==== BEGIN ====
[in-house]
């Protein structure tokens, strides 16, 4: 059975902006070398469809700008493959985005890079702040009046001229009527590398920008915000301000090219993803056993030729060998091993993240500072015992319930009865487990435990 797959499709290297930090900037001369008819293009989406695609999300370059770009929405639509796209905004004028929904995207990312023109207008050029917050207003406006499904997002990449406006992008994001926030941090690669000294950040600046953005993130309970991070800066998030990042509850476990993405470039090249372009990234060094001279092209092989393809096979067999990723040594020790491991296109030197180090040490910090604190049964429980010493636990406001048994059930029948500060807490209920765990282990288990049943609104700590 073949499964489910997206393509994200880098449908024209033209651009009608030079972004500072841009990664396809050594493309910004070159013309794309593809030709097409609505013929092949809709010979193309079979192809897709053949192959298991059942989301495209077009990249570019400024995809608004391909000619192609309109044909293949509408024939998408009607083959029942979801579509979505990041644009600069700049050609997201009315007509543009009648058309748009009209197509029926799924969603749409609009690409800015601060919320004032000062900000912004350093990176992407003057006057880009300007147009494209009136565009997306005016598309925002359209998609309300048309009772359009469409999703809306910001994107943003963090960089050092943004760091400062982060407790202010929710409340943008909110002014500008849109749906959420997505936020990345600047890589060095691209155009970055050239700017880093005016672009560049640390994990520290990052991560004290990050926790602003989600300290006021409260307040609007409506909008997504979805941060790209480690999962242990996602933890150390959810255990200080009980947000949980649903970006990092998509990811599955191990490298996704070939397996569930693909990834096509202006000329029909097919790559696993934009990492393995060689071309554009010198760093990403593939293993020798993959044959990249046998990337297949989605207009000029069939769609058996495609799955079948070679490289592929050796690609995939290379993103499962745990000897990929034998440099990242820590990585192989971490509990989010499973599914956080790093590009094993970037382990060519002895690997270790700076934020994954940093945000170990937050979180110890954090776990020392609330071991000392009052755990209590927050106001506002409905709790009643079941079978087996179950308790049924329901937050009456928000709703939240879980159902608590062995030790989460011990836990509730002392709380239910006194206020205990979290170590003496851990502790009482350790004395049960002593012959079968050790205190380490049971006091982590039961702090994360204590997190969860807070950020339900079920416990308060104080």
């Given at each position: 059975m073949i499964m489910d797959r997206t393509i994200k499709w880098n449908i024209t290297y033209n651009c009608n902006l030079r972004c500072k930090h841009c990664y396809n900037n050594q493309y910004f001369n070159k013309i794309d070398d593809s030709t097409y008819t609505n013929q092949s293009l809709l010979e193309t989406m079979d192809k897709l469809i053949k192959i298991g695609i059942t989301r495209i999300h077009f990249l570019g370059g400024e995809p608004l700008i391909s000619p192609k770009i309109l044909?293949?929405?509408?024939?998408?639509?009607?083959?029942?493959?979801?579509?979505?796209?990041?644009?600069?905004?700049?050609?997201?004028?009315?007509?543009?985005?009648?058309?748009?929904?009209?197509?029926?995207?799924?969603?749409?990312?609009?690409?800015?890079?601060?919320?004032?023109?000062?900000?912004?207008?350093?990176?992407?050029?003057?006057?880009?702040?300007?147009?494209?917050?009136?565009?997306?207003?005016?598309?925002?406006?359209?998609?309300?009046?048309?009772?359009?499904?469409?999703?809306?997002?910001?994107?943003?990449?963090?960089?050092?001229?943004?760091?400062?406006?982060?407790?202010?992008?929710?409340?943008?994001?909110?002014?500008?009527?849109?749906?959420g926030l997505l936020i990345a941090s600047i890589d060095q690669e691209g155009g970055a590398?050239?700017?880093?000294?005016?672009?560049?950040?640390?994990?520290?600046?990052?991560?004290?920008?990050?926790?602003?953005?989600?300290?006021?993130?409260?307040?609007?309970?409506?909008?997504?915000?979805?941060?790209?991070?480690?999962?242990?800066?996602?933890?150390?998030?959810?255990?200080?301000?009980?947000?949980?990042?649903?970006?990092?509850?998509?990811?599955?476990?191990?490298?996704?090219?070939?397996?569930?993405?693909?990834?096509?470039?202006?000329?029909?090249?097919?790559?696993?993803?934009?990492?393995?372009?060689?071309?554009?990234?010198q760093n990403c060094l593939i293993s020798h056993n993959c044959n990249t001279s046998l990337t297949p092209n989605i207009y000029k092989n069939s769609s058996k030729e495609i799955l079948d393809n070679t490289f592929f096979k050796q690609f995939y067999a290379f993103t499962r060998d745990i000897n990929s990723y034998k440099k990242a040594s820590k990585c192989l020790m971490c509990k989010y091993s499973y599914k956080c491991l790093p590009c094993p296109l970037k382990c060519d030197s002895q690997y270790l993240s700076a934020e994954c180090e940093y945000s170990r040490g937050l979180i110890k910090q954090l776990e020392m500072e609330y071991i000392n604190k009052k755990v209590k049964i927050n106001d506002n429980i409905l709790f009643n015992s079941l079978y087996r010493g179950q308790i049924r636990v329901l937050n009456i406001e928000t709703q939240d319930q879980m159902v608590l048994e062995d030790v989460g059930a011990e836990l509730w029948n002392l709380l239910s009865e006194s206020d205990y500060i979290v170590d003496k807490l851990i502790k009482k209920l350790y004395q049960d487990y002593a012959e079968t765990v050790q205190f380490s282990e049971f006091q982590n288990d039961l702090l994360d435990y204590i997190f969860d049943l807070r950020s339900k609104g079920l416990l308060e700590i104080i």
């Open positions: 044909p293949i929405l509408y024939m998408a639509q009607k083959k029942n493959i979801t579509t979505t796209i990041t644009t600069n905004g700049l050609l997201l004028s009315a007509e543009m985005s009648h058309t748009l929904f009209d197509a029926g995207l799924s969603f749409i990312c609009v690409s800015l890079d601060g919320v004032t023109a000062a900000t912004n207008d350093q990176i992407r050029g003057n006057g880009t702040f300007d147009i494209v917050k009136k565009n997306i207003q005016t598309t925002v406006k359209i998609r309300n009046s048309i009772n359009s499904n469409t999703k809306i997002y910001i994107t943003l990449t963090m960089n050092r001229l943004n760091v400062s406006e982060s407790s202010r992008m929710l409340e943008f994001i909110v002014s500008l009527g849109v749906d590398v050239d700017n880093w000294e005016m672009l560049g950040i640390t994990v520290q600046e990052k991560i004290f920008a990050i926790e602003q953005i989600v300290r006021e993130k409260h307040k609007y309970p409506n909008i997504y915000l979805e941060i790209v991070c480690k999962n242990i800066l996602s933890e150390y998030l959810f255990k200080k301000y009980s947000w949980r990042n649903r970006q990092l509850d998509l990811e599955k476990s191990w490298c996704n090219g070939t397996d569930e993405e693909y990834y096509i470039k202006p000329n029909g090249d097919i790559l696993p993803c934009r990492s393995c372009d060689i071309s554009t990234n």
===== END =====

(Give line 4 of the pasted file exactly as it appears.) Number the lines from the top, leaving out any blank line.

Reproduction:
């Open positions: 044909p293949i929405l509408y024939m998408a639509q009607k083959k029942n493959i979801t579509t979505t796209i990041t644009t600069n905004g700049l050609l997201l004028s009315a007509e543009m985005s009648h058309t748009l929904f009209d197509a029926g995207l799924s969603f749409i990312c609009v690409s800015l890079d601060g919320v004032t023109a000062a900000t912004n207008d350093q990176i992407r050029g003057n006057g880009t702040f300007d147009i494209v917050k009136k565009n997306i207003q005016t598309t925002v406006k359209i998609r309300n009046s048309i009772n359009s499904n469409t999703k809306i997002y910001i994107t943003l990449t963090m960089n050092r001229l943004n760091v400062s406006e982060s407790s202010r992008m929710l409340e943008f994001i909110v002014s500008l009527g849109v749906d590398v050239d700017n880093w000294e005016m672009l560049g950040i640390t994990v520290q600046e990052k991560i004290f920008a990050i926790e602003q953005i989600v300290r006021e993130k409260h307040k609007y309970p409506n909008i997504y915000l979805e941060i790209v991070c480690k999962n242990i800066l996602s933890e150390y998030l959810f255990k200080k301000y009980s947000w949980r990042n649903r970006q990092l509850d998509l990811e599955k476990s191990w490298c996704n090219g070939t397996d569930e993405e693909y990834y096509i470039k202006p000329n029909g090249d097919i790559l696993p993803c934009r990492s393995c372009d060689i071309s554009t990234n």